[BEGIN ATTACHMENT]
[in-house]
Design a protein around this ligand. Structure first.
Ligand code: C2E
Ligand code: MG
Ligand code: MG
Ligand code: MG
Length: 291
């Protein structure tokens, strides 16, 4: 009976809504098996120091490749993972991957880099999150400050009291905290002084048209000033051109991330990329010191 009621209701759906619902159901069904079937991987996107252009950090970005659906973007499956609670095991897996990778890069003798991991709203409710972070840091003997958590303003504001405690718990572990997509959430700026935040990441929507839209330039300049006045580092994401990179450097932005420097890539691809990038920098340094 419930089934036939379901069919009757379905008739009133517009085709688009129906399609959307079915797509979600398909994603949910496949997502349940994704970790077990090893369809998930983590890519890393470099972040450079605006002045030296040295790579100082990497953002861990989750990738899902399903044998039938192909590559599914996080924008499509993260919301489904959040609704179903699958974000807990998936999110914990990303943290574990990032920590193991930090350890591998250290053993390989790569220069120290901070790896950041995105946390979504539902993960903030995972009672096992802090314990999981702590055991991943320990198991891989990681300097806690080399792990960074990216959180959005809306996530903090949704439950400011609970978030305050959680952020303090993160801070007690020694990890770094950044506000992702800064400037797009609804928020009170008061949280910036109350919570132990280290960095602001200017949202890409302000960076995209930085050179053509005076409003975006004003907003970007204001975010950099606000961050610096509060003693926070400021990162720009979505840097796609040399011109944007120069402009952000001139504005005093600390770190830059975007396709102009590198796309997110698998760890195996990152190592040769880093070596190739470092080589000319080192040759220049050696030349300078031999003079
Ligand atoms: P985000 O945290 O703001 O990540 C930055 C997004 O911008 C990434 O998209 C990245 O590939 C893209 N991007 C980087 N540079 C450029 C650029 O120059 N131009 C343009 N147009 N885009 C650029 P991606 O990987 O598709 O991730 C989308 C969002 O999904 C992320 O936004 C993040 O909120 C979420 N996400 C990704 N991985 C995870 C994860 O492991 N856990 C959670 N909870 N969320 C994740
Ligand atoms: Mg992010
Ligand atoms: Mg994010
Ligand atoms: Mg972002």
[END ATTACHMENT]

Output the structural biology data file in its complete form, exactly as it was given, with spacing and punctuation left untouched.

[in-house]
Design a protein around this ligand. Structure first.
Ligand code: C2E
Ligand code: MG
Ligand code: MG
Ligand code: MG
Length: 291
């Protein structure tokens, strides 16, 4: 009976809504098996120091490749993972991957880099999150400050009291905290002084048209000033051109991330990329010191 009621209701759906619902159901069904079937991987996107252009950090970005659906973007499956609670095991897996990778890069003798991991709203409710972070840091003997958590303003504001405690718990572990997509959430700026935040990441929507839209330039300049006045580092994401990179450097932005420097890539691809990038920098340094 419930089934036939379901069919009757379905008739009133517009085709688009129906399609959307079915797509979600398909994603949910496949997502349940994704970790077990090893369809998930983590890519890393470099972040450079605006002045030296040295790579100082990497953002861990989750990738899902399903044998039938192909590559599914996080924008499509993260919301489904959040609704179903699958974000807990998936999110914990990303943290574990990032920590193991930090350890591998250290053993390989790569220069120290901070790896950041995105946390979504539902993960903030995972009672096992802090314990999981702590055991991943320990198991891989990681300097806690080399792990960074990216959180959005809306996530903090949704439950400011609970978030305050959680952020303090993160801070007690020694990890770094950044506000992702800064400037797009609804928020009170008061949280910036109350919570132990280290960095602001200017949202890409302000960076995209930085050179053509005076409003975006004003907003970007204001975010950099606000961050610096509060003693926070400021990162720009979505840097796609040399011109944007120069402009952000001139504005005093600390770190830059975007396709102009590198796309997110698998760890195996990152190592040769880093070596190739470092080589000319080192040759220049050696030349300078031999003079
Ligand atoms: P985000 O945290 O703001 O990540 C930055 C997004 O911008 C990434 O998209 C990245 O590939 C893209 N991007 C980087 N540079 C450029 C650029 O120059 N131009 C343009 N147009 N885009 C650029 P991606 O990987 O598709 O991730 C989308 C969002 O999904 C992320 O936004 C993040 O909120 C979420 N996400 C990704 N991985 C995870 C994860 O492991 N856990 C959670 N909870 N969320 C994740
Ligand atoms: Mg992010
Ligand atoms: Mg994010
Ligand atoms: Mg972002």